v    What is “Zero Tolerance for Domestic Violence?”

v    How & why did the “Zero Tolerance for Domestic Violence” initiative start?

v    How does the “Zero Tolerance for Domestic Violence” initiative work?

v    How is the “Zero Tolerance for Domestic Violence” initiative funded?

v    Is the “Zero Tolerance for Domestic Violence” initiative helping?

v    Why is “Zero Tolerance for Domestic Violence” important?

v    Where can I call for help?

v  View "Zero Tolerance for Domestic Violence" poster



What is “Zero Tolerance for Domestic Violence?”

The “Zero Tolerance for Domestic Violence” initiative is a multi-jurisdictional partnership, created to help eliminate domestic and family violence and elder abuse in Contra Costa County.  County staff, local law enforcement, the Courts and community service providers have banded together under the leadership of the Board of Supervisors to offer a comprehensive, coordinated, community-wide response to break the progressive cycle of domestic and family violence. 


Established in 2000, the “Zero Tolerance” initiative is a long-term investment in the health, safety and well-being of the County’s most vulnerable victims, children and elders.  The initiative emphasizes misdemeanor-level interventions, innovative uses of technology, development of effective interagency protocols and measurable performance indicators to track the County’s “return on investment” over time.  “Zero Tolerance” activities are showing early indications of improved safety for victims and children, increased accountability for offenders and streamlined, coordinated service structures that better serve the public.


How & why did the “Zero Tolerance for Domestic Violence” initiative start?      [TOP]

In February, 2000, the Contra Costa County Board of Supervisors declared a policy of “zero tolerance for domestic violence.  This policy was established because the Board found that, although the law enforcement and service provider communities had identified reducing domestic/family violence and elder abuse as priorities, and had devoted significant resources and effort to reducing these crimes, domestic violence and elder abuse were on the rise. 


Moreover, these crimes were primarily committed against women, vulnerable children and elders.  For example, the number of domestic violence arrests in Contra Costa County in 1998 was 154% higher than the number of arrests in 1988.  Children were present in one out of every three domestic violence incidents reported in the County between 1997-99.  Three out of five domestic violence incidents reported to law enforcement agencies involved parties with a prior history of domestic violence.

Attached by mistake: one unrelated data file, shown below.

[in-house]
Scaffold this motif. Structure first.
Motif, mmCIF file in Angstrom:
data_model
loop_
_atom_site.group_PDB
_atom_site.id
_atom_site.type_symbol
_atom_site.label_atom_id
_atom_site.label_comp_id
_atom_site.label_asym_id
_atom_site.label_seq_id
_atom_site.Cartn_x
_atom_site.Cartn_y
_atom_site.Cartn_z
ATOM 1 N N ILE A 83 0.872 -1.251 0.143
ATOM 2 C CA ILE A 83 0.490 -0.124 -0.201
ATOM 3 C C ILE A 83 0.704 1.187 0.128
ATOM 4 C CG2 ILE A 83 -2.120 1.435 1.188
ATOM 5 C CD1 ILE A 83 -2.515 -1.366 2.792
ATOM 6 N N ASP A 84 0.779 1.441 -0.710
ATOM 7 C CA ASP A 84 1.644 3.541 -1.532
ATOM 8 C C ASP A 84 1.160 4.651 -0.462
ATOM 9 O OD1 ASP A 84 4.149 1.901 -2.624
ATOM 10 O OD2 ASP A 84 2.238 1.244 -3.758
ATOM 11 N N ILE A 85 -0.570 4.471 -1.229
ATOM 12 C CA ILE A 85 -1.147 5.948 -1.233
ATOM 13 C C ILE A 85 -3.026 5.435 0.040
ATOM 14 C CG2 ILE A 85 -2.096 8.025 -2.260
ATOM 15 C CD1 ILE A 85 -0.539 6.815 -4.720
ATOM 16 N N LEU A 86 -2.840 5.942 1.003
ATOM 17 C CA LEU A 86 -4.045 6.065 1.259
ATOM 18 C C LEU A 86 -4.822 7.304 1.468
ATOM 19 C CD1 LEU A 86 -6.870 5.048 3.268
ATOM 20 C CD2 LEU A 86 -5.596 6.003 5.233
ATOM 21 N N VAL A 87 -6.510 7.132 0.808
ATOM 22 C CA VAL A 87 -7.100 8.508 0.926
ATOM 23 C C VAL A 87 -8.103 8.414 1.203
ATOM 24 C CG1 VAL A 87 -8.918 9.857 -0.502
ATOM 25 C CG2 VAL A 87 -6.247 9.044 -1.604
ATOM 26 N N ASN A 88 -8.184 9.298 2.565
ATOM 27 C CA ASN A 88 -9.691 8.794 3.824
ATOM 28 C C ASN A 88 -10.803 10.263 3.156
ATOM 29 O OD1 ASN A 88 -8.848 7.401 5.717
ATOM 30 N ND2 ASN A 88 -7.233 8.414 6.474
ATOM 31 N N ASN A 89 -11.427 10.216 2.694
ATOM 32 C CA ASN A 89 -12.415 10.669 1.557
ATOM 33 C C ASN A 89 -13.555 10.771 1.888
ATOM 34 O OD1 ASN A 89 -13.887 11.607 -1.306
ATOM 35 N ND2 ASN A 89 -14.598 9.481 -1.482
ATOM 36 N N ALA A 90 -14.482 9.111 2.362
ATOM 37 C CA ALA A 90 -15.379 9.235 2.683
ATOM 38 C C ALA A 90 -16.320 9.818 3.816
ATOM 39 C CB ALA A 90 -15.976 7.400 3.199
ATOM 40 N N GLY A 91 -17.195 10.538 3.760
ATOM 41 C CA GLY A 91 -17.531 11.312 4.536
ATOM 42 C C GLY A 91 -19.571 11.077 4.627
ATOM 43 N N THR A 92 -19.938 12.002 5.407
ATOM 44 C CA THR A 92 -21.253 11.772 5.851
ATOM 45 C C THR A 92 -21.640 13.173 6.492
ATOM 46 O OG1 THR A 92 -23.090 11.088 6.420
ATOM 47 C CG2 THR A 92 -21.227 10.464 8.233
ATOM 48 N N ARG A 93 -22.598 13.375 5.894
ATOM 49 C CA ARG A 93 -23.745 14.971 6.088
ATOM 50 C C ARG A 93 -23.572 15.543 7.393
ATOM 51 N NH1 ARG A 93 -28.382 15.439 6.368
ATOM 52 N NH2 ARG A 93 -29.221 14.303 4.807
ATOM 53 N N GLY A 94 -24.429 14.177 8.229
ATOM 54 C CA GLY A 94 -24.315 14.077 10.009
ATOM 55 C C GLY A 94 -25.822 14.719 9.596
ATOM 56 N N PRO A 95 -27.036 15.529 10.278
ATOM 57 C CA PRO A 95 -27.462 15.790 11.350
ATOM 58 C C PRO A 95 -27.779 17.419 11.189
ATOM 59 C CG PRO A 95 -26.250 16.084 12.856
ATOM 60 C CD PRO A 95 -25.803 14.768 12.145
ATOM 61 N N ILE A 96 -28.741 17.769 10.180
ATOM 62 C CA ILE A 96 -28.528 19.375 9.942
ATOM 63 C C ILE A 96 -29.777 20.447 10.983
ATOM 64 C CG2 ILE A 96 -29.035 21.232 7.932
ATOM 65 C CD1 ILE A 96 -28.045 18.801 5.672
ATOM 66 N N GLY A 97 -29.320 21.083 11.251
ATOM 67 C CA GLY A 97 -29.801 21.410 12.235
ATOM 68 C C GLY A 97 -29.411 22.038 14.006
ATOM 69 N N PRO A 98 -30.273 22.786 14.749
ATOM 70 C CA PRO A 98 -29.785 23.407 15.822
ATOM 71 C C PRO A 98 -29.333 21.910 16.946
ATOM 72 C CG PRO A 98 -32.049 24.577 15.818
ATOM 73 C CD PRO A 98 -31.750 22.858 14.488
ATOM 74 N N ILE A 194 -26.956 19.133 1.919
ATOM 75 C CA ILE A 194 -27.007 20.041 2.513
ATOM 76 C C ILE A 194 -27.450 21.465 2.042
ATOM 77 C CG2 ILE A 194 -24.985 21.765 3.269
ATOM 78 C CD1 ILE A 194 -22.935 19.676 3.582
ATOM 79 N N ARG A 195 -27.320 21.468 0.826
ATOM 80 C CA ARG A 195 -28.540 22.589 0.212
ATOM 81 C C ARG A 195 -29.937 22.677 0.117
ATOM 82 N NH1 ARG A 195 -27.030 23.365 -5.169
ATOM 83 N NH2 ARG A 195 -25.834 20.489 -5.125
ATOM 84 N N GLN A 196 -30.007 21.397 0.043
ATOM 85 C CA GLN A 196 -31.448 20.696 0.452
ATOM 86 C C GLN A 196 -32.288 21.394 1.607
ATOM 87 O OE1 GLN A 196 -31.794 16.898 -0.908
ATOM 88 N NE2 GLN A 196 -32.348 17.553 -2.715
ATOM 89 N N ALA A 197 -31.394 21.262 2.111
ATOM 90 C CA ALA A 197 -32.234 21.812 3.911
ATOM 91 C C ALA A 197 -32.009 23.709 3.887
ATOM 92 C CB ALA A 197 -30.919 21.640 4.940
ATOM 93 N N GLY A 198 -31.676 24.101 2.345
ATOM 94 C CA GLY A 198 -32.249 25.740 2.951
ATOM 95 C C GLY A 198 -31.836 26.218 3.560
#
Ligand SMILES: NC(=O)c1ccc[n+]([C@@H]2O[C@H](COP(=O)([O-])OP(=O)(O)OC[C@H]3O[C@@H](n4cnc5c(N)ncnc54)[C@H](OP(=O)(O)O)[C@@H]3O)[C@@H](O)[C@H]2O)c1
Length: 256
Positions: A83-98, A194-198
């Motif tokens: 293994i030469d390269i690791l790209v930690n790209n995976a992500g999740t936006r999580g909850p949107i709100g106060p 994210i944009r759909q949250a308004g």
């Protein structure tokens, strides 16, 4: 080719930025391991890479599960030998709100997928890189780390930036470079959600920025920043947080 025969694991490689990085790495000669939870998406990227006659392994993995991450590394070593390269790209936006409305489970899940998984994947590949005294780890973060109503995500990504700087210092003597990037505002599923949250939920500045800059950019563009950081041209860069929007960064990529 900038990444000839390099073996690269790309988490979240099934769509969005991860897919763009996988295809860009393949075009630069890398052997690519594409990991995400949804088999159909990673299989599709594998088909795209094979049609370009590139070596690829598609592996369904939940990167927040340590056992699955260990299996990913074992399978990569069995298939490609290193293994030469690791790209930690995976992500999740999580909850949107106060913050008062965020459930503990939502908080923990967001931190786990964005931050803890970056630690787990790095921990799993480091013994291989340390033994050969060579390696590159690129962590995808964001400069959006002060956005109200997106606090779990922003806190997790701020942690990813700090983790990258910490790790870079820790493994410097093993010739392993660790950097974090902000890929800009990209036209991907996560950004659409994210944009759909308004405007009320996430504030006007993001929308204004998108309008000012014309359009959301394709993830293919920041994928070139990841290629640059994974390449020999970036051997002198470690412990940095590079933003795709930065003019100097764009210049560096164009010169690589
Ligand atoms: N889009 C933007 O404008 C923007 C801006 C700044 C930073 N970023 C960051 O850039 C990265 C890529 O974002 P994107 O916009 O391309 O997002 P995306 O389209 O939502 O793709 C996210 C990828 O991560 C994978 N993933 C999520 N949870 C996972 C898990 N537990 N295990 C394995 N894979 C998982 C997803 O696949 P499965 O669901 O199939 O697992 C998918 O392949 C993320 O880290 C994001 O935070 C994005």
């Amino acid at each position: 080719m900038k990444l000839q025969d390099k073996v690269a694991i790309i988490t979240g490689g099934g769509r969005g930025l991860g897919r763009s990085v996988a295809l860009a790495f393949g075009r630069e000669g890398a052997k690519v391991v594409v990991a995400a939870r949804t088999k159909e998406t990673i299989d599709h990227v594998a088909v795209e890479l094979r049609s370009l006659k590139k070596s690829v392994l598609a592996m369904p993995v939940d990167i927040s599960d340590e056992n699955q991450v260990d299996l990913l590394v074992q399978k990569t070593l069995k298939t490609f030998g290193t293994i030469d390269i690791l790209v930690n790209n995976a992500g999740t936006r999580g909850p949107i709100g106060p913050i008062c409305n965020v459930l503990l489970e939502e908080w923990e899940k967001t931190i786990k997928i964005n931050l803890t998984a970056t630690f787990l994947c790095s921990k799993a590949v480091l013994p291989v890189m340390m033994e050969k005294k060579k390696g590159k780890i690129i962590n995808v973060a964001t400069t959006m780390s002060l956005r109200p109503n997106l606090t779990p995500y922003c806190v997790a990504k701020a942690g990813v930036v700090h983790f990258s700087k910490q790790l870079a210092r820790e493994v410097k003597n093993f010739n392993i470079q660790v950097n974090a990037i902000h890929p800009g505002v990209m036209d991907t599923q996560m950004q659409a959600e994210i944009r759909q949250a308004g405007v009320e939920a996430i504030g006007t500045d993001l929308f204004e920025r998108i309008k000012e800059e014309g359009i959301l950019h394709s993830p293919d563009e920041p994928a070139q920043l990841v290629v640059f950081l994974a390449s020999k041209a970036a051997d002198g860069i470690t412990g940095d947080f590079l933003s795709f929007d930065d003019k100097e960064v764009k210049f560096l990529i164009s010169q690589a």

Both the human toll (injury, death and trauma) and the fiscal toll (high-cost crisis services and impact on the justice sectors) to the County were substantive and systemic.  A coordinated, comprehensive approach to eliminating domestic and family violence and elder abuse was determined to be potentially cost-effective, beneficial for the public and most likely to break the generational, traumatic and progressive cycle of violence.


How does the “Zero Tolerance for Domestic Violence” initiative work?     [TOP]    

Recognizing the need for a comprehensive approach, the Board of Supervisors approved a multi-agency system improvement effort, the “Zero Tolerance for Domestic Violence” initiative.  “Zero Tolerance” initiative partners included the Superior Court, the Sheriff’s, District Attorney’s and Public Defender’s Offices, the Employment and Human Services, Probation and Health Departments and community service providers (STAND! Against Domestic Violence, Elder Abuse Prevention and Bay Area Legal Services Foundation). 


The “Zero Tolerance” initiative was formulated and coordinated by a team in the County Administrator’s Office, which had researched best practices statewide and interviewed local staff in all the participating agencies.  Each partner agency was required to submit a funding request, a description of proposed services and to identify measurable performance indicators. 


Start-up “Zero Tolerance” initiative activities were launched in October, 2000 (hiring and training of staff, development of contracts and service planning) and system-wide interventions began in January, 2001.  The Board requires regular progress reports on performance measures, challenges and accomplishments, and future planning for the initiative.  System-wide improvements included: